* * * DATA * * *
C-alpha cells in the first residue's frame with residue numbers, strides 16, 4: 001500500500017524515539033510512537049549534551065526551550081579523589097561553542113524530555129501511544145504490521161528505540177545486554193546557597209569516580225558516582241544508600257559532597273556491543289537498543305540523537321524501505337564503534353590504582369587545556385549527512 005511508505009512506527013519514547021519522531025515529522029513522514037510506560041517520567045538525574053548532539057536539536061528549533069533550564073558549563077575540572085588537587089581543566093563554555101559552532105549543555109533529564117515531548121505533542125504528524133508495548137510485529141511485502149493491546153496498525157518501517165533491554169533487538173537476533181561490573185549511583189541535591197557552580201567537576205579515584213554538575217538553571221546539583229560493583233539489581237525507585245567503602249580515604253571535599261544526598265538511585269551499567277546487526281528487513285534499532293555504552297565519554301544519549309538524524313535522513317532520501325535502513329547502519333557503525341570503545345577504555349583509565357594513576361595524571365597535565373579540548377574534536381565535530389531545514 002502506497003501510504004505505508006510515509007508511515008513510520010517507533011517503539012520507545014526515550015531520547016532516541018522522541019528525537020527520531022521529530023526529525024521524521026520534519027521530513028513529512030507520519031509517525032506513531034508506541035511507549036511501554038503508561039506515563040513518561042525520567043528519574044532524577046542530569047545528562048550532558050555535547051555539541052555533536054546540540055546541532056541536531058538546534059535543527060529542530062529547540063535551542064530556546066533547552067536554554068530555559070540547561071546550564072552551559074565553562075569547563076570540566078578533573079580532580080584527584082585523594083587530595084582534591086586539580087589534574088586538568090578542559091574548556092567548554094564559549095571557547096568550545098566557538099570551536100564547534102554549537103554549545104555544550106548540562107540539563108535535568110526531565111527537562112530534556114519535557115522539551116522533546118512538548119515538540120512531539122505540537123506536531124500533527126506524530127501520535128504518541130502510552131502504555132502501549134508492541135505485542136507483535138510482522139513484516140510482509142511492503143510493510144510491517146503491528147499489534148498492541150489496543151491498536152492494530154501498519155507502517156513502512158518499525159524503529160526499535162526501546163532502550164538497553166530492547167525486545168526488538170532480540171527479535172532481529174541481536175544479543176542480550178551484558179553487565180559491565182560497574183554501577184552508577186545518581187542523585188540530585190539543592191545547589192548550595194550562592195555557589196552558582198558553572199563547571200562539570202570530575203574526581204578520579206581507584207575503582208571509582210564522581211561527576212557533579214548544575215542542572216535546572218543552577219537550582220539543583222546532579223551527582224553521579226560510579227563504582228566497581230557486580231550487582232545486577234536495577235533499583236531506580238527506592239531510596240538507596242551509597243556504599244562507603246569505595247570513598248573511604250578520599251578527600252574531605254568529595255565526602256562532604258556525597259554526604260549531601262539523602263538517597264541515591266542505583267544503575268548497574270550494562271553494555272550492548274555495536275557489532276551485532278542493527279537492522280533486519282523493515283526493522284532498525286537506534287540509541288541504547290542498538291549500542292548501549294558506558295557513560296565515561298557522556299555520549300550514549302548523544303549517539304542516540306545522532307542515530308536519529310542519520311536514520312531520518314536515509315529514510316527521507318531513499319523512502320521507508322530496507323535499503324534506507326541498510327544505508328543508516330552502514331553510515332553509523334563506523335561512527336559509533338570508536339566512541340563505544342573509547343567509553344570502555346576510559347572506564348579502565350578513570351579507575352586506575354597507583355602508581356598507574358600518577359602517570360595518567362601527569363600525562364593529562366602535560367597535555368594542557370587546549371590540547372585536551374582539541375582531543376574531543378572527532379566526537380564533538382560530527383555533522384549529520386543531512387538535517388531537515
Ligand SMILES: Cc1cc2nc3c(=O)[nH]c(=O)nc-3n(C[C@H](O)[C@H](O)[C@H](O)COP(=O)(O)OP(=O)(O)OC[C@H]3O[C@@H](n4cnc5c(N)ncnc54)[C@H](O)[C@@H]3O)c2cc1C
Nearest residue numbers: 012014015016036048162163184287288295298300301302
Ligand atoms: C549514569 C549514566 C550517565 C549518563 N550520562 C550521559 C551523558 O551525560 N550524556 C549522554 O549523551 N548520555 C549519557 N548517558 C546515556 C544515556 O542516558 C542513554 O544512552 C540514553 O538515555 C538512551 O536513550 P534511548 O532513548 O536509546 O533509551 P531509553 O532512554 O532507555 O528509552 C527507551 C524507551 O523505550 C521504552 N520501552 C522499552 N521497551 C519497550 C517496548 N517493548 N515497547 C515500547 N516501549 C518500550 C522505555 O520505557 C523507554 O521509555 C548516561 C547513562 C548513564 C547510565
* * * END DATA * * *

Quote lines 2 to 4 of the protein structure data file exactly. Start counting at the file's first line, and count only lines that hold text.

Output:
Ligand SMILES: Cc1cc2nc3c(=O)[nH]c(=O)nc-3n(C[C@H](O)[C@H](O)[C@H](O)COP(=O)(O)OP(=O)(O)OC[C@H]3O[C@@H](n4cnc5c(N)ncnc54)[C@H](O)[C@@H]3O)c2cc1C
Nearest residue numbers: 012014015016036048162163184287288295298300301302
Ligand atoms: C549514569 C549514566 C550517565 C549518563 N550520562 C550521559 C551523558 O551525560 N550524556 C549522554 O549523551 N548520555 C549519557 N548517558 C546515556 C544515556 O542516558 C542513554 O544512552 C540514553 O538515555 C538512551 O536513550 P534511548 O532513548 O536509546 O533509551 P531509553 O532512554 O532507555 O528509552 C527507551 C524507551 O523505550 C521504552 N520501552 C522499552 N521497551 C519497550 C517496548 N517493548 N515497547 C515500547 N516501549 C518500550 C522505555 O520505557 C523507554 O521509555 C548516561 C547513562 C548513564 C547510565